Criticism
Wednesday, June 12th, 2013

Mythology, Mortality, Mailer, and Vaseline: Matthew Barney at the Morgan


Subliming Vessel: Matthew Barney at the Morgan Library & Museum

May 10 to September 2, 2013
225 Madison Avenue
New York City, (212) 685-0008

Matthew Barney, Ancient Evenings: Ba Libretto, 2009, ink, graphite and gold leaf on paperback copy of Ancient Evenings by Norman Mailer, on carved salt base, in nylon and acrylic vitrine 15 1/2 x 13 3/4 x 14 3/4 inches. Collection of Marguerite Steed Hoffman, Dallas, TX. Copyright Matthew Barney.

Matthew Barney, Ancient Evenings: Ba Libretto, 2009, ink, graphite and gold leaf on paperback copy of Ancient Evenings by Norman Mailer, on carved salt base, in nylon and acrylic vitrine 15 1/2 x 13 3/4 x 14 3/4 inches. Collection of Marguerite Steed Hoffman, Dallas, TX. Copyright Matthew Barney.

Visitors to the Morgan Library & Museum this summer will glimpse more than two decades worth of drawings and small works related to Matthew Barney’s better known performance and video projects. Subliming Vessel inserts Barney’s manic cross-referencing machine into a library overflowing with cultural treasures. “What am I looking at?” two older visitors queried as we stared at RIVER ROUGE: Djed (2011), a study for Barney’s current performance and video project River of Fundament. Knowing Barney’s work I blurted out “body parts.” The gathering of potbellied forms in this pen drawing on red paper reminded me of similar ones in a Max Ernst collage that, on closer inspection, were illustrations of guts lifted from a medical text. Barney’s pear-shaped pots also resemble blast furnaces, and in fact the drawing serves as an instruction for a performance in which the artist had actual molten steel poured from furnaces in a revived Detroit steel plant. Though the title Fundament might be related to the Latin word fundere, to melt or pour, fundament in English is actually the buttocks or anus. A pithy answer to the couple’s question would have been: “the armpit—sorry, asshole—of America bleeding hot metal.”

The adjacent Djed: The Case for Saving Detroit (2010) is a glass vitrine in the middle of the room. It contains one of J. Pierpont Morgan’s votive figures of the Egyptian god Osiris, along with a bundle of Time magazines with the 2008 cover story The Case for Saving Detroit. Osiris is the deity associated with the regeneration of the soul, but the god’s likeness does not quite touch the electrical wires strung around the magazines—suggesting that Detroit’s resurrection is not imminent. Norman Mailer’s novel Ancient Evenings (1983), about a trip through the Egyptian afterlife, is both message and medium in these works, with two actual copies appearing in the work Ancient Evenings: Ba Libretto (2009). The books lay open in a pair of vitrines, their pages covered with drawings, adorned with gold leaf and embedded in salt. Most impressive are the cases themselves, made of clear acrylic framed by gray nylon and fastened with screws whose heads are flush with the edges. Attention to such details is evident throughout the show, with every part in dialogue with its neighbors and with the overall context of the library. Barney drew RIVER ROUGE: Djed on red paper and framed it in red steel. Red-toned paper feels right at home in an institution that shows toned-paper drawings from centuries ago; so too do Barney’s cases, which mimic library conservation and display techniques.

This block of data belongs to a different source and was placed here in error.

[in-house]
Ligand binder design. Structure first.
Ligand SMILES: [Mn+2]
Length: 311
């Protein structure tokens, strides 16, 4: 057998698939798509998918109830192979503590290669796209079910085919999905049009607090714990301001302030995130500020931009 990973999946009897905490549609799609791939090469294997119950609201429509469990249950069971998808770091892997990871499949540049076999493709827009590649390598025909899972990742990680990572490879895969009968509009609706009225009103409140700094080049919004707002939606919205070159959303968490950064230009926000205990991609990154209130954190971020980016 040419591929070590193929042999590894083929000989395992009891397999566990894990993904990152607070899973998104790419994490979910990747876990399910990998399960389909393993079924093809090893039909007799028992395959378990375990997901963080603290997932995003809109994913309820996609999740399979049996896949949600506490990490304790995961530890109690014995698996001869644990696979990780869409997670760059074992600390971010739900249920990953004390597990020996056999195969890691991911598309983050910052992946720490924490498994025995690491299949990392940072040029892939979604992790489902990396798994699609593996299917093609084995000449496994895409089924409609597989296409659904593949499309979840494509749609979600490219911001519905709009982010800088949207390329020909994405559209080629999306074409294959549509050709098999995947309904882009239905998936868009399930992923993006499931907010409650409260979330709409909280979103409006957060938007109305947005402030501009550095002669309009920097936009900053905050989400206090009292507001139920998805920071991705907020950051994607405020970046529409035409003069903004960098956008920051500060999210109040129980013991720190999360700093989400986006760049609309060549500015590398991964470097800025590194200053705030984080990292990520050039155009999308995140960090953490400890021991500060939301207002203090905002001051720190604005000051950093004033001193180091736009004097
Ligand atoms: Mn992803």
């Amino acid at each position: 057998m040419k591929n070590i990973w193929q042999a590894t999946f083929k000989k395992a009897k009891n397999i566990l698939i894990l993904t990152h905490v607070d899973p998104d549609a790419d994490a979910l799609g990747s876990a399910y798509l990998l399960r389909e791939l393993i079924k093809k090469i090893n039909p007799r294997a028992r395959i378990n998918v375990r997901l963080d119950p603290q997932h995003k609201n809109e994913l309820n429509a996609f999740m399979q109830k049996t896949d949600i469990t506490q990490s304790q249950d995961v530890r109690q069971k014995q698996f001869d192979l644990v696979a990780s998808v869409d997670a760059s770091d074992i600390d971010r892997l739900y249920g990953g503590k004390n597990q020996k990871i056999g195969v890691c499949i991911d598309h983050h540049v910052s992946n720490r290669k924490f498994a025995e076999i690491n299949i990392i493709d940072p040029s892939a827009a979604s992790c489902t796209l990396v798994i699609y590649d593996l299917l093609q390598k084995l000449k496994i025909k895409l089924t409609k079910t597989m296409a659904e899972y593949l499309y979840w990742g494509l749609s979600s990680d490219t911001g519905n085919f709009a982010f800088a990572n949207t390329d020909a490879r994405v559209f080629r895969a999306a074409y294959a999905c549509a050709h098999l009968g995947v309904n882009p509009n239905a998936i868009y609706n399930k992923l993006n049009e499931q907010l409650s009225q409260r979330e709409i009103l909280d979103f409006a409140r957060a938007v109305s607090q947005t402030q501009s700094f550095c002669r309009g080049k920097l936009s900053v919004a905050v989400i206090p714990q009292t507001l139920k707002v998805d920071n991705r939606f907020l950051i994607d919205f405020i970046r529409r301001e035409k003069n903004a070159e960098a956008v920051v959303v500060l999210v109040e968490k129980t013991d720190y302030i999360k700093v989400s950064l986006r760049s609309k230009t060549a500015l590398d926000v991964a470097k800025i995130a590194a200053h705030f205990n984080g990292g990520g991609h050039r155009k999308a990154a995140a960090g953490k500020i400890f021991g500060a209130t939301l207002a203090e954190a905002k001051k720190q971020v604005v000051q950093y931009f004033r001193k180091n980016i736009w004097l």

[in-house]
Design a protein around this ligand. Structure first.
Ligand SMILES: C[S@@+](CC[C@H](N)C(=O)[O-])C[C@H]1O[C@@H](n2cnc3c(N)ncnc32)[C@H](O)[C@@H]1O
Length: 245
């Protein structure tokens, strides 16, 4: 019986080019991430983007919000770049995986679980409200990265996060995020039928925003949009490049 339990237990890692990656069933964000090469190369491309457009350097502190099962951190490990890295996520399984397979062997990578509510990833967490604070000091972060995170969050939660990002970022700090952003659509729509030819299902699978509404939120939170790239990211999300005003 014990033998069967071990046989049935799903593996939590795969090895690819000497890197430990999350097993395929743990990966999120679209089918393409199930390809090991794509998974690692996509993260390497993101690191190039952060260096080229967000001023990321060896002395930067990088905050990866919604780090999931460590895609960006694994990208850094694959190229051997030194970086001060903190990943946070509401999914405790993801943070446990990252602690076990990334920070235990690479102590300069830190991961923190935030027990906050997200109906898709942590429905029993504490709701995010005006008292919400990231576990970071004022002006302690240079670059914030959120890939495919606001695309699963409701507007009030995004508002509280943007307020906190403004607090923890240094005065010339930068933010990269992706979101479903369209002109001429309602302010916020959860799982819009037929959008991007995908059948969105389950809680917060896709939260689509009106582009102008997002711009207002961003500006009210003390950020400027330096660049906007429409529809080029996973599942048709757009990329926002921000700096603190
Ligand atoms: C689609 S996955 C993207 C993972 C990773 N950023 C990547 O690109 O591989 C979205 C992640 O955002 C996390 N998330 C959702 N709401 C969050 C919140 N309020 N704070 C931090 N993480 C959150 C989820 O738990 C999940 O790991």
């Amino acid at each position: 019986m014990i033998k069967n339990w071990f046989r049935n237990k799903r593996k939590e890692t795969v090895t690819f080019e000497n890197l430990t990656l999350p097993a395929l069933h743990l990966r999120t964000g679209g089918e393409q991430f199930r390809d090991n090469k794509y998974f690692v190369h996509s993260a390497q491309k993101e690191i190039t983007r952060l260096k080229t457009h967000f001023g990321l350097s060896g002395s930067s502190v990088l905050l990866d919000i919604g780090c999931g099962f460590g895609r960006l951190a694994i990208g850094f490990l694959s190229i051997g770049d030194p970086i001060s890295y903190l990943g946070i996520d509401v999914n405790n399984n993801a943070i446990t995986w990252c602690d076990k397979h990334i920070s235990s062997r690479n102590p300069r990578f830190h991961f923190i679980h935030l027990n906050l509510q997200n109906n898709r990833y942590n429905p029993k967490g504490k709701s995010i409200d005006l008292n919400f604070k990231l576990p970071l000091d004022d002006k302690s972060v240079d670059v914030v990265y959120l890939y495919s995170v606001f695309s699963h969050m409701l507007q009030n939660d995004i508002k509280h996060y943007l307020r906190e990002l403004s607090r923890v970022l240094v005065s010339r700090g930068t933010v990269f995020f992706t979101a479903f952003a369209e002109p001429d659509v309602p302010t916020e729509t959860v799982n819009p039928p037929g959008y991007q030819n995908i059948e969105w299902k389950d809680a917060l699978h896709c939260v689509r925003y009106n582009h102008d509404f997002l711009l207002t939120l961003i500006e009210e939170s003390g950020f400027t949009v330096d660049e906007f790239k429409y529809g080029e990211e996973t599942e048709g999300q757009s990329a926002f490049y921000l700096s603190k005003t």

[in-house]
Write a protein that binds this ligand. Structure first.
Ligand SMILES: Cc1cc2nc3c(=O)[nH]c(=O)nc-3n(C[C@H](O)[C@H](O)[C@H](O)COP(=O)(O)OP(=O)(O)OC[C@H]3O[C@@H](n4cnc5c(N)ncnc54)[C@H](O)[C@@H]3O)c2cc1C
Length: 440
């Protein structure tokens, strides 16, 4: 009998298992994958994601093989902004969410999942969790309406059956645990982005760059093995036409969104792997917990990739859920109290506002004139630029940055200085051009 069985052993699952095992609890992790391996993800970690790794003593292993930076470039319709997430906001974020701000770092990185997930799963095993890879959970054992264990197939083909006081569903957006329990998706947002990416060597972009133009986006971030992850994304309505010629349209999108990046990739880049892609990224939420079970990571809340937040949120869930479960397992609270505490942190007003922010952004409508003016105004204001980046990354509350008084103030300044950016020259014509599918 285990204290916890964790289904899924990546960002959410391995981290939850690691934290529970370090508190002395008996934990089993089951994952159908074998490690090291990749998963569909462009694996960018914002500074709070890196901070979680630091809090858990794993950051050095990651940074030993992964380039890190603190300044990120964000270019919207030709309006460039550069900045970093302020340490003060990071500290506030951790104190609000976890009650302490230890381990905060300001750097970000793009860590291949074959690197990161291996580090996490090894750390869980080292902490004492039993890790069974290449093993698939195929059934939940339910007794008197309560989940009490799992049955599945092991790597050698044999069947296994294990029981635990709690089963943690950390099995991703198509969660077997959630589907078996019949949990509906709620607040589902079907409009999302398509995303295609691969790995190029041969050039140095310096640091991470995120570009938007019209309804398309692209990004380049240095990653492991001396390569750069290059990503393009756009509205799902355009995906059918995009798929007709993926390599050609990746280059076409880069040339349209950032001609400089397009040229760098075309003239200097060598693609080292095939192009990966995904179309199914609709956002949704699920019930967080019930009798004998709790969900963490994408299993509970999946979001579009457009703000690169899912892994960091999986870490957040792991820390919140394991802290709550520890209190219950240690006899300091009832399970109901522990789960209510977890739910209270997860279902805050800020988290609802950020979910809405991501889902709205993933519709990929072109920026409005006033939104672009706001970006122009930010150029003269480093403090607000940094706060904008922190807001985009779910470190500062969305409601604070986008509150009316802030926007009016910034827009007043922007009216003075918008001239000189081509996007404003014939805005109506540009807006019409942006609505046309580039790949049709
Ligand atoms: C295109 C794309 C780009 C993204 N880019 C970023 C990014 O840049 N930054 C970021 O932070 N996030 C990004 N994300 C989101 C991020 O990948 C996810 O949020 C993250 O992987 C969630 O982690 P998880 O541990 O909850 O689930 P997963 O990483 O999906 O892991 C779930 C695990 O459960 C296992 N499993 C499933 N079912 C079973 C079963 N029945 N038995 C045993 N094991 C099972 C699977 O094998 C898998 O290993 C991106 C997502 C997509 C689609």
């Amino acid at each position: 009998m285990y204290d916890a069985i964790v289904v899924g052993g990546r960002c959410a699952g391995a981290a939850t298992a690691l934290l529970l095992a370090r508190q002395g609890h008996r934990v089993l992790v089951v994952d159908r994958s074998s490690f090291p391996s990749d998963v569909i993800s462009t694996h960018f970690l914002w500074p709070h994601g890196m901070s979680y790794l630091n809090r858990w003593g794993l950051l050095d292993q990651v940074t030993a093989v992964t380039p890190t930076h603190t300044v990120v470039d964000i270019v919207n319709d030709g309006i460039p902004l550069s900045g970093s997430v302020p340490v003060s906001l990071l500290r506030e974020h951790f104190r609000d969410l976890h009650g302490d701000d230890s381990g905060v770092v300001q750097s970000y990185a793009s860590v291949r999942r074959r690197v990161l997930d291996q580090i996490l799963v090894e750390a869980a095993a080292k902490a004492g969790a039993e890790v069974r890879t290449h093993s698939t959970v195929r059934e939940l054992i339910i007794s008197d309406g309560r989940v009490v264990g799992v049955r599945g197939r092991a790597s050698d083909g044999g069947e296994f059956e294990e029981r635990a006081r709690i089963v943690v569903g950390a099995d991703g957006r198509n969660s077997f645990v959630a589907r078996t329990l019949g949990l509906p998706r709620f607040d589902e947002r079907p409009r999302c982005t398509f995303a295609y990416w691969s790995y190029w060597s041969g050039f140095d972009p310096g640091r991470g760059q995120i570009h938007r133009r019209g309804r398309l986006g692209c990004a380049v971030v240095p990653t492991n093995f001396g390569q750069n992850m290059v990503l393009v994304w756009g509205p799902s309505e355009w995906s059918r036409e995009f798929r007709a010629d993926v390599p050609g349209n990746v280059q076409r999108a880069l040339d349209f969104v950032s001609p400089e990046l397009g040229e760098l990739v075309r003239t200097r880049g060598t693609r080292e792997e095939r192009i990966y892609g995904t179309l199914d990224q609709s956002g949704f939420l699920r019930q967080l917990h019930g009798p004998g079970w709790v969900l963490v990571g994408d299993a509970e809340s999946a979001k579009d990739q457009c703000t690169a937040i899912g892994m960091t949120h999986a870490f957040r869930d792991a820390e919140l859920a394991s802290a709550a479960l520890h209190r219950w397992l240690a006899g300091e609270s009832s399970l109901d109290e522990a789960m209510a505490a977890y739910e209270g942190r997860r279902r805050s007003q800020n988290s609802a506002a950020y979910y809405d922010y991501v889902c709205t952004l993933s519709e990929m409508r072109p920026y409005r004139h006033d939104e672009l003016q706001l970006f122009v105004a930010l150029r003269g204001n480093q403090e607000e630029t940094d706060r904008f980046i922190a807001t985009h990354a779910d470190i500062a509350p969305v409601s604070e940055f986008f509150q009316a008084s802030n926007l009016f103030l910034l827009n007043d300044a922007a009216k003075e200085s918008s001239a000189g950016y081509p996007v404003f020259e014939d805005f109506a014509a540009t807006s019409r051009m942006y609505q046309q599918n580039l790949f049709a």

Matthew Barney, Drawing Restraint 20, The Morgan Library & Museum, 2013, weights, pad, buckets, graphite powder, chalk, petroleum jelly. Photography: Graham S. Haber.

Matthew Barney, Drawing Restraint 20, The Morgan Library & Museum, 2013, weights, pad, buckets, graphite powder, chalk, petroleum jelly. Photography: Graham S. Haber.

The entire exhibition, in fact, feels like a maelstrom of references and counter references: River Rouge refers to the river Nile, Osiris’s province. Osiris appears in Mailer’s book, which appears in Barney’s display cases, which appear in a library full of cases. The cases’ industrial edging connects to the industry of Detroit, and Detroit’s resurrection (or lack thereof) parallels that of the Egyptian soul which takes place on the Nile.

A black arc on the gallery wall reminds the viewer that Barney’s latest performance of Drawing Restraint also took place here. The restraining force here was a large barbell which the artist charged with a paste of charcoal dust and Vaseline, then rolled over the wall in semi-circular fashion. Barney bisects his arc with gridlines that mark the way-stations of the Egyptian afterlife, but also mark the accomplishment of his weight-training goals. This approach circles back to the artist’s early performances in the Yale gymnasium, which situate the intimacy of personal toil within the cold calculation of sport’s science. It shows up in early drawings such as HYPERTROPHY: Incline (1991), in which a curved line of graphite and Vaseline meanders across a Cartesian grid, apparently to show cell enlargement from a vigorous workout. Barney’s heartfelt investigation of bodily experience and love of the physical universe hold out the promise of solid ground in the work. Too often that hope is lost in a funnel cloud of sacred and profane oddities.

Matthew Barney, HYPERTROPHY (incline), 1991, light-reflective vinyl, graphite pencil, and petroleum jelly on paper in self-lubricating plastic frame,10 1/2 x 11 1/2 x 1 1/4 inches. The Museum of Modern Art, New York; gift of R. L. B. Tobin. Copyright Matthew Barney. Digital image courtesy of  The Museum of Modern Art/Licensed by SCALA/Art Resource, NY.

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